Simple, Practical Steps to Compliance

Upon review of the records, tour of the facility, and understanding the workflow, the company took the recommended actions creating satellite accumulation areas and a hazardous waste storage area. Starting with establishing the storage area first, we also obtained an EPA ID number for the facility.

The next important step is training employees on the hazardous waste requirements pertaining to their jobs. Because some of the paint is water-based (typically non-hazardous), the facility now trains its employees to separate water and solvent-based paints and waste products, saving on disposal costs.

The company knows it is growing at a rate that will generate more than 1,000 kg/month of paint and solvent waste; therefore, it makes sense to register as a LQG. One employee is now in charge of hazardous waste management.

There are five bulk paint stations and a touch-up operation for small parts, so six satellite accumulation areas are now functioning. Each area has a 30-gallon waste container to prevent accidental accumulation of more than 55 gallons. Busy painters tend to put waste in buckets if the drum fills before their shift ends. At the end of each shift, the hazardous waste manager checks each satellite accumulation area and transports full or nearly full containers to the hazardous waste storage area.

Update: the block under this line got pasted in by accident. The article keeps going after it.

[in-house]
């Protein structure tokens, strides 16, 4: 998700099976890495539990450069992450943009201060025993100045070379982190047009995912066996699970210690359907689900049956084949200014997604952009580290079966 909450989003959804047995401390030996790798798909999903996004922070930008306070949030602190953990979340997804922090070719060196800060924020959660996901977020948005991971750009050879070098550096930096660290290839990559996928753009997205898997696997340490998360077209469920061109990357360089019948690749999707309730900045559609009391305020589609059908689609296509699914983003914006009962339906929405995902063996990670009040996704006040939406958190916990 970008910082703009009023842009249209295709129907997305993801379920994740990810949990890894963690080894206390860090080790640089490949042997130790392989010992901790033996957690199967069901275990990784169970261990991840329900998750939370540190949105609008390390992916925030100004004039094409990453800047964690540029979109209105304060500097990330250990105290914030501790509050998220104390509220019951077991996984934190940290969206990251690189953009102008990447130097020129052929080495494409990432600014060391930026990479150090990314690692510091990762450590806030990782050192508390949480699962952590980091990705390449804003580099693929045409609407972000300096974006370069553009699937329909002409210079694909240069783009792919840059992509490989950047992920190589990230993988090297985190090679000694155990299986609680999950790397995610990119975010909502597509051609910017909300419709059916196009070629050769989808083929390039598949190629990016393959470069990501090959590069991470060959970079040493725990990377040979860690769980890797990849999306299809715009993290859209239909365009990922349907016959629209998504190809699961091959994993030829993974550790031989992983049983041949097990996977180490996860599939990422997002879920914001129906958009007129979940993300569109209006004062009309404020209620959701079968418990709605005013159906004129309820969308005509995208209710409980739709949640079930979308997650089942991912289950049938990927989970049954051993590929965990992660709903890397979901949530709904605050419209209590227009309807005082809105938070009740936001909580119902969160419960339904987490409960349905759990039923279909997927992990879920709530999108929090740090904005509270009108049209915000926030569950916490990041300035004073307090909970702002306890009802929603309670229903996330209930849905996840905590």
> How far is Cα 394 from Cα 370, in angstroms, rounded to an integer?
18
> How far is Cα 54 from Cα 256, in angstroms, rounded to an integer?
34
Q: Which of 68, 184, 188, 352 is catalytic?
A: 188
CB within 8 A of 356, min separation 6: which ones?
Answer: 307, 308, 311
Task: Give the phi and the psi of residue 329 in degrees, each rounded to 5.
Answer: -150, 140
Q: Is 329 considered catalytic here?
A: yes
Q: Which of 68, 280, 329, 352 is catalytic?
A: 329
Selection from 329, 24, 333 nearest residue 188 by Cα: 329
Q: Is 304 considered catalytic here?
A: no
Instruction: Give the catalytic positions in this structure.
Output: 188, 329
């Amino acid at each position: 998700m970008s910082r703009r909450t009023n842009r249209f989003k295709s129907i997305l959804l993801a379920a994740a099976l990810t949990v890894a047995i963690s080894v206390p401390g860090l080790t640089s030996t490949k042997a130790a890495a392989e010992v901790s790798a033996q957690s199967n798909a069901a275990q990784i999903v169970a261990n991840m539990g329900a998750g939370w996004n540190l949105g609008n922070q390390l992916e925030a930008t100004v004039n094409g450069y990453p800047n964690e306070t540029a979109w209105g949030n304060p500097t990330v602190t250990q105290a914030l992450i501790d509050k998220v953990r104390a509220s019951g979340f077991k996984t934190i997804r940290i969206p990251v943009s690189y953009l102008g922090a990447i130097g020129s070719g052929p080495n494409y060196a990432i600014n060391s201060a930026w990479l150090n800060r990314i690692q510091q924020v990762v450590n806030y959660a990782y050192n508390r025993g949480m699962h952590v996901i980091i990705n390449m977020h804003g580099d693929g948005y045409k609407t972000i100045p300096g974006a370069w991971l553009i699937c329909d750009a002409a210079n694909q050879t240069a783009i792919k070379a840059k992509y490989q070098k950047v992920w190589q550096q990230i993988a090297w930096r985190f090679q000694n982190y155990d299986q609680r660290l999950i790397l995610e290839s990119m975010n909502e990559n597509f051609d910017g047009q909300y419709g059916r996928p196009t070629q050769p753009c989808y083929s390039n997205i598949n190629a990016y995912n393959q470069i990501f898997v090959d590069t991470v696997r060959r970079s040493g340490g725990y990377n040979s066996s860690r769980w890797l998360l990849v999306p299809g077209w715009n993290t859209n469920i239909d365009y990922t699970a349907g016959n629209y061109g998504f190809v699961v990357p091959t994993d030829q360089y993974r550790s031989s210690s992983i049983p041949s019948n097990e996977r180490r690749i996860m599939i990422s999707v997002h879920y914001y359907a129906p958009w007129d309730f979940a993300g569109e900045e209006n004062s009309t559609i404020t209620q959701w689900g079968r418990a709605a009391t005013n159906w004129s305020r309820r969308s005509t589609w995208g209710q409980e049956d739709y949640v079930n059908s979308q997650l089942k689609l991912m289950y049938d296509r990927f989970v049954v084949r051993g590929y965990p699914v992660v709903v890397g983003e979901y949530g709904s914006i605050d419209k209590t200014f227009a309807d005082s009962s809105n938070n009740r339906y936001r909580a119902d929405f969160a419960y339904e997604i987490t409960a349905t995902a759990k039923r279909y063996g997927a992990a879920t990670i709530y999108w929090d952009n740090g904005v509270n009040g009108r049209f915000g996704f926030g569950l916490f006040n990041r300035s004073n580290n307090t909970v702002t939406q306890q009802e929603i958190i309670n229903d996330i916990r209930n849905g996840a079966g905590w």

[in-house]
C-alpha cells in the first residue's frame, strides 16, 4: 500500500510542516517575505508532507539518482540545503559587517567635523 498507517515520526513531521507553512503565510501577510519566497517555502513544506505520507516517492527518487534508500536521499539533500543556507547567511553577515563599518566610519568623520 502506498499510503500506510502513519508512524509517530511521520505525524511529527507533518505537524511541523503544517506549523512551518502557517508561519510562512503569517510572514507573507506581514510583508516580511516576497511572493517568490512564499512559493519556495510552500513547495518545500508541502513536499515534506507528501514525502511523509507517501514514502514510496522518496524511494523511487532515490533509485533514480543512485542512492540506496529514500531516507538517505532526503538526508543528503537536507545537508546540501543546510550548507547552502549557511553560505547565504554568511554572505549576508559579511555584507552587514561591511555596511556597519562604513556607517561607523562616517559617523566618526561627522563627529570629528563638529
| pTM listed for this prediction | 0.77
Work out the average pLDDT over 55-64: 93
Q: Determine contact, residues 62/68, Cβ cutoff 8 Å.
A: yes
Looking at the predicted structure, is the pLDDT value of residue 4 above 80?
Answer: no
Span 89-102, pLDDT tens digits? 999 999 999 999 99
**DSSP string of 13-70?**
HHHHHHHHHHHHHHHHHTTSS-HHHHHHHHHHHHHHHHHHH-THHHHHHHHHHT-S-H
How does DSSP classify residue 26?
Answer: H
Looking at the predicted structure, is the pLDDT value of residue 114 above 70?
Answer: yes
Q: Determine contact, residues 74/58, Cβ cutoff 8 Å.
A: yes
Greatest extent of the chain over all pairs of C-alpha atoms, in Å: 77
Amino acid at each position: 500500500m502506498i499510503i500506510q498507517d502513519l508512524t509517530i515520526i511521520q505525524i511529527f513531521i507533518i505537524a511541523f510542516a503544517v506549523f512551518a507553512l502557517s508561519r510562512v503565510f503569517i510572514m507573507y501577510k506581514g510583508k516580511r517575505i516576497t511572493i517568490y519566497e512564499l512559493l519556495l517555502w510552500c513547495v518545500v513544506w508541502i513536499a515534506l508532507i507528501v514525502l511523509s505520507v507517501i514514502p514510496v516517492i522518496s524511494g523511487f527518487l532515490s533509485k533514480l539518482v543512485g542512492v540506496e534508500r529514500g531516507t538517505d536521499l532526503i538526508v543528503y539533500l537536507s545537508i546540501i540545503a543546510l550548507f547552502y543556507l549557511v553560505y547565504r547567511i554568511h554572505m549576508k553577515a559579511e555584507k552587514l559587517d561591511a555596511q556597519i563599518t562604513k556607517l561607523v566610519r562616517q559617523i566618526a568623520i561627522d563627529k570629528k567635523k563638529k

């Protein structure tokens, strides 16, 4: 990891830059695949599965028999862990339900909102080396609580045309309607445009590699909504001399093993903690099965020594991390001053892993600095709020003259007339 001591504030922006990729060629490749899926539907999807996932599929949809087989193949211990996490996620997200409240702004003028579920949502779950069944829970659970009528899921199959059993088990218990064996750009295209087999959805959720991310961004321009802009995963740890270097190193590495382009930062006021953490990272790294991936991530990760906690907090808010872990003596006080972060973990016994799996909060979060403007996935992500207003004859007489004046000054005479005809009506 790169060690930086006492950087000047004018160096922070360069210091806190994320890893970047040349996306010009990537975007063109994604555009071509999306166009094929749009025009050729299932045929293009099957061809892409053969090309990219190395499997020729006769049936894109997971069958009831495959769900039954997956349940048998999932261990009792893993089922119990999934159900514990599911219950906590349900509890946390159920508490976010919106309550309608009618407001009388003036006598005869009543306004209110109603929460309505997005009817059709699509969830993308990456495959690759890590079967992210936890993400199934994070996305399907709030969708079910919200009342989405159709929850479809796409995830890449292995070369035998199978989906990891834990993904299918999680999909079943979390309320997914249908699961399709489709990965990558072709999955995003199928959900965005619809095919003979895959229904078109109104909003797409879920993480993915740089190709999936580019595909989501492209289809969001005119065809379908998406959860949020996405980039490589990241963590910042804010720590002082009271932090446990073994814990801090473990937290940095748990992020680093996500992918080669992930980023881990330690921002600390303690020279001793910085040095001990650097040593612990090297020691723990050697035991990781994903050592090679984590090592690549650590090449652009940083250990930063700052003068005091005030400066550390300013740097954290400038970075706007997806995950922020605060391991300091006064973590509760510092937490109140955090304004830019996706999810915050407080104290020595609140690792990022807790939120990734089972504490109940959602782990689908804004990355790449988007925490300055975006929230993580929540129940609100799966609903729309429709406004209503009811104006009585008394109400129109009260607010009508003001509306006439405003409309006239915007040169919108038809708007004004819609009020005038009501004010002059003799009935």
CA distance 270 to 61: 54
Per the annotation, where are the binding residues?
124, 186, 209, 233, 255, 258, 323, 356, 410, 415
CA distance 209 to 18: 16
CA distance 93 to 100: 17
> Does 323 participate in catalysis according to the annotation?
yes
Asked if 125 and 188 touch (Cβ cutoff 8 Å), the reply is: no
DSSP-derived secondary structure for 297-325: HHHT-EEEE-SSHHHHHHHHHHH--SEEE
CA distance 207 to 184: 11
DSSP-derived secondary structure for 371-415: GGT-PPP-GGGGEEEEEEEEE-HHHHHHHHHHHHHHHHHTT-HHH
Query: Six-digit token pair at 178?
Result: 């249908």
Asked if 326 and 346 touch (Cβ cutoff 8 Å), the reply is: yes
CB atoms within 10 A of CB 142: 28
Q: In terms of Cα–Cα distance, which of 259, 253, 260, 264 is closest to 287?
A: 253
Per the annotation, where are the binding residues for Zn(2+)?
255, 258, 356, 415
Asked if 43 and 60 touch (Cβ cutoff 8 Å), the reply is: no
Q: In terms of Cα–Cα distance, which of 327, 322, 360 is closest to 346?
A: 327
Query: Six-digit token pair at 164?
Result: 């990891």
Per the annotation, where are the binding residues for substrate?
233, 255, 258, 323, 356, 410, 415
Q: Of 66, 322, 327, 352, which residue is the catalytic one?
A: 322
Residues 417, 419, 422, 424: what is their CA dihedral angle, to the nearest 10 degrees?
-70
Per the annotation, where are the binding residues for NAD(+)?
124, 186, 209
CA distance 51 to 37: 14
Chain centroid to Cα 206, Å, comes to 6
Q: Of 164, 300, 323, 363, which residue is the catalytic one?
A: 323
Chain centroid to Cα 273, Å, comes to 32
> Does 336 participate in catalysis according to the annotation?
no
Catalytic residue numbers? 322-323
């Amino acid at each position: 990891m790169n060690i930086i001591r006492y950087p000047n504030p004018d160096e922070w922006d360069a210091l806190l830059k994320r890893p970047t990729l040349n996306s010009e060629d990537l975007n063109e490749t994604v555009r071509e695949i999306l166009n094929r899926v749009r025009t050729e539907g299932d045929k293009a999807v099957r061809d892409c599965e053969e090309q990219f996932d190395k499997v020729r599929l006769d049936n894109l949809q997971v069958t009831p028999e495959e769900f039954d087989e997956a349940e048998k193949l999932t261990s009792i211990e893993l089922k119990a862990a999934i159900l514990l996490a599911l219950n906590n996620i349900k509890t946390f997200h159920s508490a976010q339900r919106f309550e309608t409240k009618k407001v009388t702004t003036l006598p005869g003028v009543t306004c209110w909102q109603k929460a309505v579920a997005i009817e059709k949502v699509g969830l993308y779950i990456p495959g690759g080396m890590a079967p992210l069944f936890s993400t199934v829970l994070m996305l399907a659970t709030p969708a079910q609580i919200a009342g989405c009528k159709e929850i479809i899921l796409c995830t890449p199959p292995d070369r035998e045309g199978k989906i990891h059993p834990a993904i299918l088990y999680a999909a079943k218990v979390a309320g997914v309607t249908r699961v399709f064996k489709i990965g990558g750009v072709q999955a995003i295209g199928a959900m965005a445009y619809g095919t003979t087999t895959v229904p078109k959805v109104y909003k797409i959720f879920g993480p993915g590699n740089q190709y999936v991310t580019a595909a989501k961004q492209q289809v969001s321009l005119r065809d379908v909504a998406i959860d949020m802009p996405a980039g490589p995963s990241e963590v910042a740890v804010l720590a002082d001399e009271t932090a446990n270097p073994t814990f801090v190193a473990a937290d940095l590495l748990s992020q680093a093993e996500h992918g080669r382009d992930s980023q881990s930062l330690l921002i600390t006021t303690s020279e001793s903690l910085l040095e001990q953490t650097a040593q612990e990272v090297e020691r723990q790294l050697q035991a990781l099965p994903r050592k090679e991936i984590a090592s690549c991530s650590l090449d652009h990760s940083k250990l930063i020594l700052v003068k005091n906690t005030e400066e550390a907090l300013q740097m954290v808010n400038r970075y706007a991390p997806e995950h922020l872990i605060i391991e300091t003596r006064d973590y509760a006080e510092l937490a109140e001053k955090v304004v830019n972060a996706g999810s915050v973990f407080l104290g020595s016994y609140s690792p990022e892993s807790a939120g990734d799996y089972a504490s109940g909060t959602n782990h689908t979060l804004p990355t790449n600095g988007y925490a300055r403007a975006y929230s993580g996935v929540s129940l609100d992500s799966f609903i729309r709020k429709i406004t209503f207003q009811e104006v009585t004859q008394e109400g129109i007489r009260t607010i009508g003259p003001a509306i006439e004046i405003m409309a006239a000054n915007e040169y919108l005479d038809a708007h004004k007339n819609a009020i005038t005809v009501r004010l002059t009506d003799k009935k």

For less than the cost of the final negotiated fine and legal fees, the facility has a compliant program and is receiving very favorable regulatory inspections.

 

If you want to dive into the details of this topic, this link to an EPA Frequently Asked Questions webpage may be of interest: https://www.epa.gov/hwgenerators/frequent-questions-about-hazardous-waste-generation.

 

Jim Oliveros of SCS Engineers, Florida.

About the Author: Jim Oliveros, P.G is a Project Director in SCS Engineers Environmental Services practice. He has over 35 years of experience in the environmental consulting field, including hazardous waste permitting, compliance, and corrective action. Jim is experienced in conducting assessment and remediation of contaminated properties, completing multimedia compliance audits, assisting with waste stream identification, characterization and management; and, federal and state regulatory policy. He embodies SCS’s culture of delivering great results to his clients, on time and within budget.

 

 

 

 

 

 

 

 

Posted by Diane Samuels at 6:00 am

SCS Webinar: Using Drones for Operational Efficiency at Landfills, on Pipelines and Infrastructure

March 23, 2021

 Free Webinar

Drones or unmanned aerial vehicles (UAVs) with sensors capture a multitude of readings in a single swoop, monitoring and observing locations difficult to access on foot or by vehicle. The combination of UAV-mounted technologies produces photogrammetric and aerial photographic imagery, offering the ability to take measurements from photographs. This technology enables large-scale assessments providing a comprehensive view of a landfill’s overall health.